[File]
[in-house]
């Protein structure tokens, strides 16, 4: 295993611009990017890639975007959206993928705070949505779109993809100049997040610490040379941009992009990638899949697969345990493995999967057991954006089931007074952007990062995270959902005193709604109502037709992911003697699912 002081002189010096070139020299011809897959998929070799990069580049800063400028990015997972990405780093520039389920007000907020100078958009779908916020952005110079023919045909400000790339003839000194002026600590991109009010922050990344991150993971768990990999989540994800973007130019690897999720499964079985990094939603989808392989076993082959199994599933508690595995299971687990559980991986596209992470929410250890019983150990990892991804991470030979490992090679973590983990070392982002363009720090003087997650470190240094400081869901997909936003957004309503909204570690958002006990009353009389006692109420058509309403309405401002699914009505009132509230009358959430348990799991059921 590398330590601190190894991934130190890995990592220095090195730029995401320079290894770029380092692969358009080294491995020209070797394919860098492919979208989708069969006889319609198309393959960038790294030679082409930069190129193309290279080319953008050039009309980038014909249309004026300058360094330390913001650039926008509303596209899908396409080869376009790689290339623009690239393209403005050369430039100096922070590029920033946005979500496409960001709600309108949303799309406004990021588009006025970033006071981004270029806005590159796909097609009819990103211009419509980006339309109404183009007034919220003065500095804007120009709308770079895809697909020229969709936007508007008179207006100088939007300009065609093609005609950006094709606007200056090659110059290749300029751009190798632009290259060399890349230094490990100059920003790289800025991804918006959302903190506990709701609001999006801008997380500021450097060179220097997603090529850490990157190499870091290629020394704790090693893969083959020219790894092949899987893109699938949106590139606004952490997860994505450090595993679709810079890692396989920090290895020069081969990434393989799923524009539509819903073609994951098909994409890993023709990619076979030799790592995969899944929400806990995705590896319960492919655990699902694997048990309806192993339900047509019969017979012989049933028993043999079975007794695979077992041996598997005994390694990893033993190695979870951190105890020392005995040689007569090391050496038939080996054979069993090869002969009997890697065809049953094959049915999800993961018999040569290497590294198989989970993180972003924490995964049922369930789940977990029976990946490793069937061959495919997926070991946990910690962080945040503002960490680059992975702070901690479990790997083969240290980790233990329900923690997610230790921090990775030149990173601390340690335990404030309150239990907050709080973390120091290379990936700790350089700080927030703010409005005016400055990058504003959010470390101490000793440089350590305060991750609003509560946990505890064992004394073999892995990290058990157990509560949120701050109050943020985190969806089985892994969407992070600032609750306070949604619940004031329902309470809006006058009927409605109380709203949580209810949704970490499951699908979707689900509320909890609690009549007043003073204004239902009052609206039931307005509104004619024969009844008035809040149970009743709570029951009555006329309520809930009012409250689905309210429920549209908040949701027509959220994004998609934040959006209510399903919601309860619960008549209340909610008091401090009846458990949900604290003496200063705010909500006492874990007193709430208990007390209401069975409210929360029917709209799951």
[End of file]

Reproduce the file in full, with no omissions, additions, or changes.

[in-house]
């Protein structure tokens, strides 16, 4: 295993611009990017890639975007959206993928705070949505779109993809100049997040610490040379941009992009990638899949697969345990493995999967057991954006089931007074952007990062995270959902005193709604109502037709992911003697699912 002081002189010096070139020299011809897959998929070799990069580049800063400028990015997972990405780093520039389920007000907020100078958009779908916020952005110079023919045909400000790339003839000194002026600590991109009010922050990344991150993971768990990999989540994800973007130019690897999720499964079985990094939603989808392989076993082959199994599933508690595995299971687990559980991986596209992470929410250890019983150990990892991804991470030979490992090679973590983990070392982002363009720090003087997650470190240094400081869901997909936003957004309503909204570690958002006990009353009389006692109420058509309403309405401002699914009505009132509230009358959430348990799991059921 590398330590601190190894991934130190890995990592220095090195730029995401320079290894770029380092692969358009080294491995020209070797394919860098492919979208989708069969006889319609198309393959960038790294030679082409930069190129193309290279080319953008050039009309980038014909249309004026300058360094330390913001650039926008509303596209899908396409080869376009790689290339623009690239393209403005050369430039100096922070590029920033946005979500496409960001709600309108949303799309406004990021588009006025970033006071981004270029806005590159796909097609009819990103211009419509980006339309109404183009007034919220003065500095804007120009709308770079895809697909020229969709936007508007008179207006100088939007300009065609093609005609950006094709606007200056090659110059290749300029751009190798632009290259060399890349230094490990100059920003790289800025991804918006959302903190506990709701609001999006801008997380500021450097060179220097997603090529850490990157190499870091290629020394704790090693893969083959020219790894092949899987893109699938949106590139606004952490997860994505450090595993679709810079890692396989920090290895020069081969990434393989799923524009539509819903073609994951098909994409890993023709990619076979030799790592995969899944929400806990995705590896319960492919655990699902694997048990309806192993339900047509019969017979012989049933028993043999079975007794695979077992041996598997005994390694990893033993190695979870951190105890020392005995040689007569090391050496038939080996054979069993090869002969009997890697065809049953094959049915999800993961018999040569290497590294198989989970993180972003924490995964049922369930789940977990029976990946490793069937061959495919997926070991946990910690962080945040503002960490680059992975702070901690479990790997083969240290980790233990329900923690997610230790921090990775030149990173601390340690335990404030309150239990907050709080973390120091290379990936700790350089700080927030703010409005005016400055990058504003959010470390101490000793440089350590305060991750609003509560946990505890064992004394073999892995990290058990157990509560949120701050109050943020985190969806089985892994969407992070600032609750306070949604619940004031329902309470809006006058009927409605109380709203949580209810949704970490499951699908979707689900509320909890609690009549007043003073204004239902009052609206039931307005509104004619024969009844008035809040149970009743709570029951009555006329309520809930009012409250689905309210429920549209908040949701027509959220994004998609934040959006209510399903919601309860619960008549209340909610008091401090009846458990949900604290003496200063705010909500006492874990007193709430208990007390209401069975409210929360029917709209799951």